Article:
## Beautiful Mathematics Theorem

1988 poll of readers of the Mathematical Intelligencer ranked some of the most well-known theorems in mathematics, I like some.

(Of course, most of them I don’t understand)

1. Euler’s identity $e^{i\pi} + 1 = 0$ $e^{i x} = \cos x + i \sin x$

2. Euler’s formula for a polyhedron, V+F=E+2

3. There are infinitely many prime numbers.  Euclid had proven this!

4. There are only 5 regular polyhedra

5. The sum of the reciprocals of the squares of the positive integers is (π^2)/6. See the Basel problem. $\displaystyle1 + \frac{1}{4}+\frac{1}{9}+\frac{1}{16}+\frac{1}{25}+\cdots =\frac{\pi^2}{6}$

6. A continuous mapping of a closed unit disk into itself has a fixed point

7. The square root of 2 is irrational number

8. π is a transcendental number

9. Every plane map can be colored with just 4 colors

10. Every prime number of the form 4⁢n+1 is the sum of two square integers in only one way

# References

• 1 David Wells, The Penguin Book of Curious and Interesting Mathematics. London: Penguin Books (1997): 126 – 127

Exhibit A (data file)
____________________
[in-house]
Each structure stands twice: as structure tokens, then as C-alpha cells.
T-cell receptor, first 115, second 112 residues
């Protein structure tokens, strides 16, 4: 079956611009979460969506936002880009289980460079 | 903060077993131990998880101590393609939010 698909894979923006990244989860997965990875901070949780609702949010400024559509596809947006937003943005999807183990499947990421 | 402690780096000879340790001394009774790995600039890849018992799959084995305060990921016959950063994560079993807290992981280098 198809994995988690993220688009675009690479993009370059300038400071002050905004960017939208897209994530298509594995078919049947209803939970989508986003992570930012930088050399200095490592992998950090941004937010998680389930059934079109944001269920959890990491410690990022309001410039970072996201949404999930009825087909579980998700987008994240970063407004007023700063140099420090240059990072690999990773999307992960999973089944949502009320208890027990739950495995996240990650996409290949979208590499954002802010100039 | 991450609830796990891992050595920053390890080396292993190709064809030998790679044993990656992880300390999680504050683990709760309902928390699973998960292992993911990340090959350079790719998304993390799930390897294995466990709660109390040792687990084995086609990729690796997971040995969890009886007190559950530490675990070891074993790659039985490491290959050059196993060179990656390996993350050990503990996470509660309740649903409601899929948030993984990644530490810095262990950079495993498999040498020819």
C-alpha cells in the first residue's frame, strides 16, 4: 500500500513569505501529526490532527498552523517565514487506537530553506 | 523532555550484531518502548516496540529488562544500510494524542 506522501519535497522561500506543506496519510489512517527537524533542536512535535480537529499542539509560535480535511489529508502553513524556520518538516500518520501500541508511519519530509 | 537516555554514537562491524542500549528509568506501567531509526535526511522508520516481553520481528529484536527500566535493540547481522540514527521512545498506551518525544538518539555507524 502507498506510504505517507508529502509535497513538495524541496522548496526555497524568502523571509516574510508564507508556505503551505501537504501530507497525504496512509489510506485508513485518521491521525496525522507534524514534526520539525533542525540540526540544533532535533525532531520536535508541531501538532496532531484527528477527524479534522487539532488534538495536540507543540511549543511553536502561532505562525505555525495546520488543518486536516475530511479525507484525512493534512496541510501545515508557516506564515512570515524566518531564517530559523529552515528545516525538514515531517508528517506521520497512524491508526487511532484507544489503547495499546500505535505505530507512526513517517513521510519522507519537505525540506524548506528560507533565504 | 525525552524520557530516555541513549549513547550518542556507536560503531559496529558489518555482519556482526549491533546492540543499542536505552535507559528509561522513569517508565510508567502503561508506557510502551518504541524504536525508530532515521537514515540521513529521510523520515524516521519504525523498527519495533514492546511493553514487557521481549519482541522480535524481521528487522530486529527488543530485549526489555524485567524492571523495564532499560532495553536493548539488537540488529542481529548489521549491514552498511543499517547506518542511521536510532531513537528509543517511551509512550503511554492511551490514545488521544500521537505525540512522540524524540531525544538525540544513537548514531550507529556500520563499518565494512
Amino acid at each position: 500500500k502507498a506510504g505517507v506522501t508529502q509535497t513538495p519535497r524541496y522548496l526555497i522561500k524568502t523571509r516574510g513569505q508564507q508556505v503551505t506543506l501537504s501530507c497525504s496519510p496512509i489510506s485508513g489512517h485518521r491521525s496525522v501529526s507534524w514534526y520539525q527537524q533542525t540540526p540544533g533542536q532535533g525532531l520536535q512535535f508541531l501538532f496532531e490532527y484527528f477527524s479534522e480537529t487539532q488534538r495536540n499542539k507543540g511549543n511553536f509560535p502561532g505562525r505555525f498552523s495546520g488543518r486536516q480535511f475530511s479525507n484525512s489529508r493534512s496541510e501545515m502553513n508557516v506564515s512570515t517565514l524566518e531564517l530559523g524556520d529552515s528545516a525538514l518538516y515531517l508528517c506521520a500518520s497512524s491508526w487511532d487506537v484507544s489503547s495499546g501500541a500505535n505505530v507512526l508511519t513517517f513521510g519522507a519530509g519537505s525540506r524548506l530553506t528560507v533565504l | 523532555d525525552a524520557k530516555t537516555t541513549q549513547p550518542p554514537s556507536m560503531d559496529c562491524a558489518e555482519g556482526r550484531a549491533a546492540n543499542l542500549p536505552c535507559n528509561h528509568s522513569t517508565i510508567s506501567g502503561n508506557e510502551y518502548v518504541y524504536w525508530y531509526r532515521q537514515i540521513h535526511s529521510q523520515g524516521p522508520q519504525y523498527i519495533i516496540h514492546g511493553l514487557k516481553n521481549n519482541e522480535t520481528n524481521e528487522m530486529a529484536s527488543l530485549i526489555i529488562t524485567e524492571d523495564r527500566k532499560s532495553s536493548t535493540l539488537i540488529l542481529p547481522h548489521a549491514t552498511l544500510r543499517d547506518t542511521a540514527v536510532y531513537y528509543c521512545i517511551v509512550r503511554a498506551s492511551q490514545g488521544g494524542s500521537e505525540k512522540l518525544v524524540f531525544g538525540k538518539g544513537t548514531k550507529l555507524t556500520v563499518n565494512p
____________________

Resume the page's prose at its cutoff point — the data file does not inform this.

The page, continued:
(source website: http://planetmath.org/thetop10mostbeautifultheorems)

Another List about the beauty of mathematics (Maths is an art!):

http://www.livescience.com/26680-greatest-mathematical-equations.html

You will find common equations / formula there :-

Euler’s Equation
“It says that if you cut the surface of a sphere up into faces, edges and vertices, and let F be the number of faces, E the number of edges and V the number of vertices, you will always get V – E + F = 2,” said Colin Adams, a mathematician at Williams College in Massachusetts.

Euler line
“Start with any triangle,” Whitney explained. “Draw the smallest circle that contains the triangle and find its center. Find the center of mass of the triangle — the point where the triangle, if cut out of a piece of paper, would balance on a pin. Draw the three altitudes of the triangle (the lines from each corner perpendicular to the opposite side), and find the point where they all meet. The theorem is that all three of the points you just found always lie on a single straight line, called the ‘Euler line’ of the triangle.” Glen Whitney